Growing up as a child I recall my parents telling me that the river was ‘dirty’ and that I should not swim in it. We had to drive upstate to the mountains where pristine rivers flowed. There was always a stigma against swimming in the Merrimack or many of its feeder rivers. Many people would say that it was only safe to boat on the water. My parents told me that they took a small boat down the river once in the 80s, after only a few hours the hull was covered with a toxic sludge that permanently stained the craft. It’s no wonder they didn’t want me swimming in it. Although the river is much cleaner in recent years, the water quality is still questionable in many places. Many people do swim in the polluted waters, and simply choose to ignore the dirtiness.
Despite the pollution, the riverside is still one of my favorite places. The Suncook river (one of the feeders to the Merrimack) runs through my town. The flood of 2006 caused the Suncook to flood its banks and reroute itself through part of the town. The new course flows through an old sandpit, creating a unique new habitat. We lovingly call this spot the ‘avulsion’, which is a technical term for a rerouted river. The river exposed lots of clay deposits that are pure enough to mold and set to bake in the sun on a hot summer day. I hope that the Merrimack cleanup will continue until the river is as close to its original state as possible.
Here is an informative blog about the Merrimack in case anyone wants to learn more about the river! A Look At The Merrimack
The Lawrence Dam on the Merrimack
February 2nd, 2011
We recently talked about the push for desert agriculture and how it is ruining the Aral sea. The simplest solution would of course be to stop farming in the desert, stop diverting the rivers. But the area had quickly become dependent on the influx of food and profits. It seems that once an area starts producing more than average, it would be problematic if it ever produced less. The same story goes for our own country.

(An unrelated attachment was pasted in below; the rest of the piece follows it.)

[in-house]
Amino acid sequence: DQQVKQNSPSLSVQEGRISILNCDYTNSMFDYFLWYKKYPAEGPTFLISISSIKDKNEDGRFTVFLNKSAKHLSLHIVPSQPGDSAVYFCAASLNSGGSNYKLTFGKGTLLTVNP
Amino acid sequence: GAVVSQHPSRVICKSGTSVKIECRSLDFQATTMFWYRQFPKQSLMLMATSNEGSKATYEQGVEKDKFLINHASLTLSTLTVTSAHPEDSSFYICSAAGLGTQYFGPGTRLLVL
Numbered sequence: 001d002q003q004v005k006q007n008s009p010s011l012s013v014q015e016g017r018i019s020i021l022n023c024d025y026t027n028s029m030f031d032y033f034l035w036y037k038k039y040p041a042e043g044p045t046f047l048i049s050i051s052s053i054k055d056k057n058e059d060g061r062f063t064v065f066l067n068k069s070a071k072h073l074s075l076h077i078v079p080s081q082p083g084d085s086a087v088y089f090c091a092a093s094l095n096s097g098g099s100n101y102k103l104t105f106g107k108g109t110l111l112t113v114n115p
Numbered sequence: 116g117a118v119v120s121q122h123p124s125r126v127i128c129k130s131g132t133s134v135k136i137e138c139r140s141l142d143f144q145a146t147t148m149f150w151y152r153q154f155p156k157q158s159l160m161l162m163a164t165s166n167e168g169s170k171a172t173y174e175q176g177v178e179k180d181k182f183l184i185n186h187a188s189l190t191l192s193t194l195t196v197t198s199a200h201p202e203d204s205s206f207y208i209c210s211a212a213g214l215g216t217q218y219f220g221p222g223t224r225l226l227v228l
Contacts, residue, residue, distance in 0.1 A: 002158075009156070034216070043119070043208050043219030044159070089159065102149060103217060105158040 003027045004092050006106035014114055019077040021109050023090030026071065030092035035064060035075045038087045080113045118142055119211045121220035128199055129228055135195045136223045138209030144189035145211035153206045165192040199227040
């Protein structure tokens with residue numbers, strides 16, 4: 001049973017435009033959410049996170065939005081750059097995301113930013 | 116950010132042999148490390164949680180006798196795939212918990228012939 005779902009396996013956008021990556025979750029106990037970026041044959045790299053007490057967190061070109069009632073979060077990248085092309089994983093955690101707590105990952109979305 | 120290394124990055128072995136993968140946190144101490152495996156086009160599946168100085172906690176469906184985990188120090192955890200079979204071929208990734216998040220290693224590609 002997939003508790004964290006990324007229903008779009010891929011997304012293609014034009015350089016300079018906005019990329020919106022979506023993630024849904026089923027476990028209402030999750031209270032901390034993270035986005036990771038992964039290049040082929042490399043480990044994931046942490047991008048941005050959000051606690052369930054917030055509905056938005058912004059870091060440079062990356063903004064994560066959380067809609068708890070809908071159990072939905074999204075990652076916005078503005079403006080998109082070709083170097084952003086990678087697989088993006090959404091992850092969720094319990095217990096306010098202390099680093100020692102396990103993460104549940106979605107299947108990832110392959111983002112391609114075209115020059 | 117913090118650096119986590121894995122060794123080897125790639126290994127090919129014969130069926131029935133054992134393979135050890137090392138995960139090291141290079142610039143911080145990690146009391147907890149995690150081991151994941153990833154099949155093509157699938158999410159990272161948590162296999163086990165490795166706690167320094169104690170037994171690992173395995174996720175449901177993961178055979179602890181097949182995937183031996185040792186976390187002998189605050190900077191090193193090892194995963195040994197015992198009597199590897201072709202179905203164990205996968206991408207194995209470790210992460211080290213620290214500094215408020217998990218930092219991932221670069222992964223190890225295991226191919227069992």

The other day I was watching TV and saw a commercial praising the American farmer. Wholesome shots of men in plaid shirts standing in fields of wheat seemed nice enough. But at the end I saw the sponsor: Monstano. I was familiar with this name and it immediately put a bad taste in my mouth. Monsanto is the mastermind behind the infamous pesticide RoundUp, and also behind genetically engineered seedlings that can withstand this particular poison. RoundUp is probably one of the worst things one can spray, as it kills anything green, unless the plant is specially modified. Monsanto has used genetic engineering in many different ways, including using antibiotic markers on DNA sequences. This type of genetic modification has unknown health effects, but there have been some troubling cases and effects reported. The only successful way of really monitoring the effects of modified foods is for them all to be labeled.
It seems to me that a company like Monsanto would be entirely focused on production and profit, while ignoring environmental and health problems that arise from their work. This sounds like the same mindset of the farming around the Aral sea. We have become reliant on unnaturally large yields due to genetic engineering and pesticide use in this country. It would be interesting to see if we could grow enough food to feed our nation if everything was grown organically, free of GMs. Our bioengineering is similar to the rerouting of rivers. It opens exciting new doors, but it is easy to lose sight of consequences, especially when it becomes too late to fix.
How do you feel about Genetic Modification of your food? Would you be less inclined to buy something that you knew what genetically modified?
The The Future Of Food is a very informative documentary that goes quite in-depth on genetic modification, just some food for thought.